There will be many folks who consider Us, Peele’s awaited follow-up, to be a lesser film than Get Out. This is in part because of its deeper lean into the horror genre, as well as Peele’s choice to go into weirder, wilder, darker, and more demented avenues with his aesthetic choices. Given how well-received his first film was, there are surely going to be some people who find Us to be a letdown, if even a minor one.
But for me — perhaps because I’m finally recognizing the greatness of Peele’s new career turn or I appreciate films that go against the grain — I believe Us is, if not just as good as Get Out, perhaps even stronger. A bleak, commanding, captivating, and chilling horror film with more than its fair share of social commentary once again packed inside, Peele’s sophomore is an even more impressive, intelligent, resilient, and rewarding film than its predecessor. Peele knows the stakes are high, yet he moves full throttle ahead past his inhibitions, resulting in a smart, stylish, striking, and sneering second film.
I’ve never been one for plot synopses in reviews. I believe one should go into a film as cold as possible, unless knowing the mechanics of the plot better serves the film at hand. With Us, I believe the less you know about the film going in, the better off you’ll be. But to give you a very brief look at the film, it centers around an affluent, well-to-do African American family that includes Adelaide (Lupita Nyong’o), Gabe (Winston Duke), Zora (Shahadi Wright Joseph), and Jason (Evan Alex), who are trying to enjoy their beach house vacation when, late in the night, they are confronted by hidden figures lurking in the shadows outside.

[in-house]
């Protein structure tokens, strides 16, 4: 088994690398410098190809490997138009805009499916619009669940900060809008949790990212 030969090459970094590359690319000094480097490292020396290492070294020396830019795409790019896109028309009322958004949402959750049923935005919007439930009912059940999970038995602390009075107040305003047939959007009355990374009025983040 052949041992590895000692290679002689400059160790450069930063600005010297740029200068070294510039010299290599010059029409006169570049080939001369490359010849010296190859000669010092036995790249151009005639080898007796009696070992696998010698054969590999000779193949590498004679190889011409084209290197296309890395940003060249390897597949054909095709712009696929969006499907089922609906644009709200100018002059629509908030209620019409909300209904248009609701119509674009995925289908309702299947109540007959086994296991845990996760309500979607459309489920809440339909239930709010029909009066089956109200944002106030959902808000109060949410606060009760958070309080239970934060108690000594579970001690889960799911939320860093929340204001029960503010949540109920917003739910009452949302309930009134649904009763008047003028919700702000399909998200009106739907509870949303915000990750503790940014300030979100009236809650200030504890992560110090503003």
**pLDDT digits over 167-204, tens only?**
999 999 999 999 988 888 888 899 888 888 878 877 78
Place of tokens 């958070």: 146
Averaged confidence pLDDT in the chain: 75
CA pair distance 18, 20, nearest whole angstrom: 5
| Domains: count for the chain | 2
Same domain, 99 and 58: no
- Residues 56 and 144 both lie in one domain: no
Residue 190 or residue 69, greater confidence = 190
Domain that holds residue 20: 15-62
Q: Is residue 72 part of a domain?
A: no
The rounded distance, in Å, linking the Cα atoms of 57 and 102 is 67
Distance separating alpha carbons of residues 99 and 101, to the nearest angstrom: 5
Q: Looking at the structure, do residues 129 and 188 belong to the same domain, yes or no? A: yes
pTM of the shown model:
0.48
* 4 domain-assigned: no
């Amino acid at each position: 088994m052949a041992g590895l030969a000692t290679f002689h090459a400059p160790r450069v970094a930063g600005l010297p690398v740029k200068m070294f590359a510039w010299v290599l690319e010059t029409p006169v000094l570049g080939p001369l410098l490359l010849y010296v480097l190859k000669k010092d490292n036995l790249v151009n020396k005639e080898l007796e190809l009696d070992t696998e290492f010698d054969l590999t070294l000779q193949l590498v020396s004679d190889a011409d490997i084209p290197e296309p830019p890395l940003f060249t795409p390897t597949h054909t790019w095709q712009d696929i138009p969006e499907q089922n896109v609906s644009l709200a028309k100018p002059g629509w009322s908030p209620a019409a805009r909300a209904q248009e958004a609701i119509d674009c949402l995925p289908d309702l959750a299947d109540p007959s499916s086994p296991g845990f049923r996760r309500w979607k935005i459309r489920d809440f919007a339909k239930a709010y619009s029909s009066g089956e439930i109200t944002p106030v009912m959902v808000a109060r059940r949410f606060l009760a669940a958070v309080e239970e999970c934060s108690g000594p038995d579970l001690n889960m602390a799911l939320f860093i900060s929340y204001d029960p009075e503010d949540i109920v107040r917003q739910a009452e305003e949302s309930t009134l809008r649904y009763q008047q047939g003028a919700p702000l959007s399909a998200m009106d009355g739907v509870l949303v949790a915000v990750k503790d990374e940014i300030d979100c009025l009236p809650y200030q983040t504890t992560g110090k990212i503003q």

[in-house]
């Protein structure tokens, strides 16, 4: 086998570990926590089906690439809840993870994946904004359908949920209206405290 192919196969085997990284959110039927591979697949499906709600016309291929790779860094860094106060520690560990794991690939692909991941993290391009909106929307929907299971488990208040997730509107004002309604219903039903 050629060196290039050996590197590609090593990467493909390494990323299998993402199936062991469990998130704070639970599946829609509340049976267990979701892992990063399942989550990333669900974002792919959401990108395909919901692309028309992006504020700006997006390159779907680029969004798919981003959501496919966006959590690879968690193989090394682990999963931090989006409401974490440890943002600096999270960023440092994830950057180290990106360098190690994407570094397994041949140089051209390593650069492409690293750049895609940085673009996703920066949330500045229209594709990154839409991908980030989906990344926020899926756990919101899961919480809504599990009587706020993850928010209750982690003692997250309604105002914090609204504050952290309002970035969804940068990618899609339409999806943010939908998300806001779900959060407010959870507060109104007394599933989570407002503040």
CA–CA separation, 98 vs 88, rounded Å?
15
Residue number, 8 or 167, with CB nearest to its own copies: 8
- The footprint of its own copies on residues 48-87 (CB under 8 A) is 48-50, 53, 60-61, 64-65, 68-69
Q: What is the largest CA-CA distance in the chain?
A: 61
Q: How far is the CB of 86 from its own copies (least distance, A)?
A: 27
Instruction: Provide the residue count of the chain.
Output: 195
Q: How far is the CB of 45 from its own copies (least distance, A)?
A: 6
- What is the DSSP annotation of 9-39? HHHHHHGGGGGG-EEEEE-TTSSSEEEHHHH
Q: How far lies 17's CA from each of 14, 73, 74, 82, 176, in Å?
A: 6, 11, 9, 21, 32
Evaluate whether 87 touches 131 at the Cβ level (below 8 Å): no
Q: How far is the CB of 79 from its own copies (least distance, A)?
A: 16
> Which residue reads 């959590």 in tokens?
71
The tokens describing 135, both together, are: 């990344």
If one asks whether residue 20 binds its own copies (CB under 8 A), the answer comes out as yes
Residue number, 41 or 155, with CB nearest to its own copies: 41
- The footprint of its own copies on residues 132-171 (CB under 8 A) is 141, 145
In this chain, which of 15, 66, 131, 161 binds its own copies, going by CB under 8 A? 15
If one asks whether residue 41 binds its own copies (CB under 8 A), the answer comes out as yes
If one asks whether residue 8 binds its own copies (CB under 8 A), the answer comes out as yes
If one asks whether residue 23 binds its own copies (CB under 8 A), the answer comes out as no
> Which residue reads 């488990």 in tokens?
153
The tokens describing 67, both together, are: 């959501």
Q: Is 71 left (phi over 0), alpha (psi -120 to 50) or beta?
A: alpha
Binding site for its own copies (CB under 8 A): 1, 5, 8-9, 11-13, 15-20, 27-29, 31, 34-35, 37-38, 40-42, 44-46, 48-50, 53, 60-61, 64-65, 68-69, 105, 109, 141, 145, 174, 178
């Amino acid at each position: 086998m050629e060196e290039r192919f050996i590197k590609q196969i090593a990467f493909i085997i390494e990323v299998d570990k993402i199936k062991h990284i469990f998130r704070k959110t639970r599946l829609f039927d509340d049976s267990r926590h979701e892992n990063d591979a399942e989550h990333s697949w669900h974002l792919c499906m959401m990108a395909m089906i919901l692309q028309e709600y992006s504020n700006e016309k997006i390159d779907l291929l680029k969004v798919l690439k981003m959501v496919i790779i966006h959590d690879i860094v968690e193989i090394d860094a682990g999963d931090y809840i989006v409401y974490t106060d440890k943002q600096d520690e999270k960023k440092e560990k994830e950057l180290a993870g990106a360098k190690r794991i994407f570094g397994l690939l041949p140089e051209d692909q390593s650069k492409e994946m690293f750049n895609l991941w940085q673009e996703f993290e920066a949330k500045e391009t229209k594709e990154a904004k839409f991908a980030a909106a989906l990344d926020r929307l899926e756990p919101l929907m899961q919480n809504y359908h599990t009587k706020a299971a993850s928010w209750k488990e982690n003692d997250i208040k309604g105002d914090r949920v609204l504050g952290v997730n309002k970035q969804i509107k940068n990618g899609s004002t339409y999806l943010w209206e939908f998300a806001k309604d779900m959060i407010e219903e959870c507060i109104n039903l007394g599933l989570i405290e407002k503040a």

Gabe tries to scare them away, but he’s unsuccessful, and it’s not long before these strangers break into the house. But the terror comes when the shadows are unmasked, as the family discovers that these home invaders are variations of themselves, only with deep red clothes and other stark differences in their appearances. They are not friendly foes, and if the main characters wish to make it out with their lives, they’ll need to kill their other half. But it’s not so simple, for even before the trip took form, Adelaide was revisited by buried memories from her childhood, which have now come back to haunt her.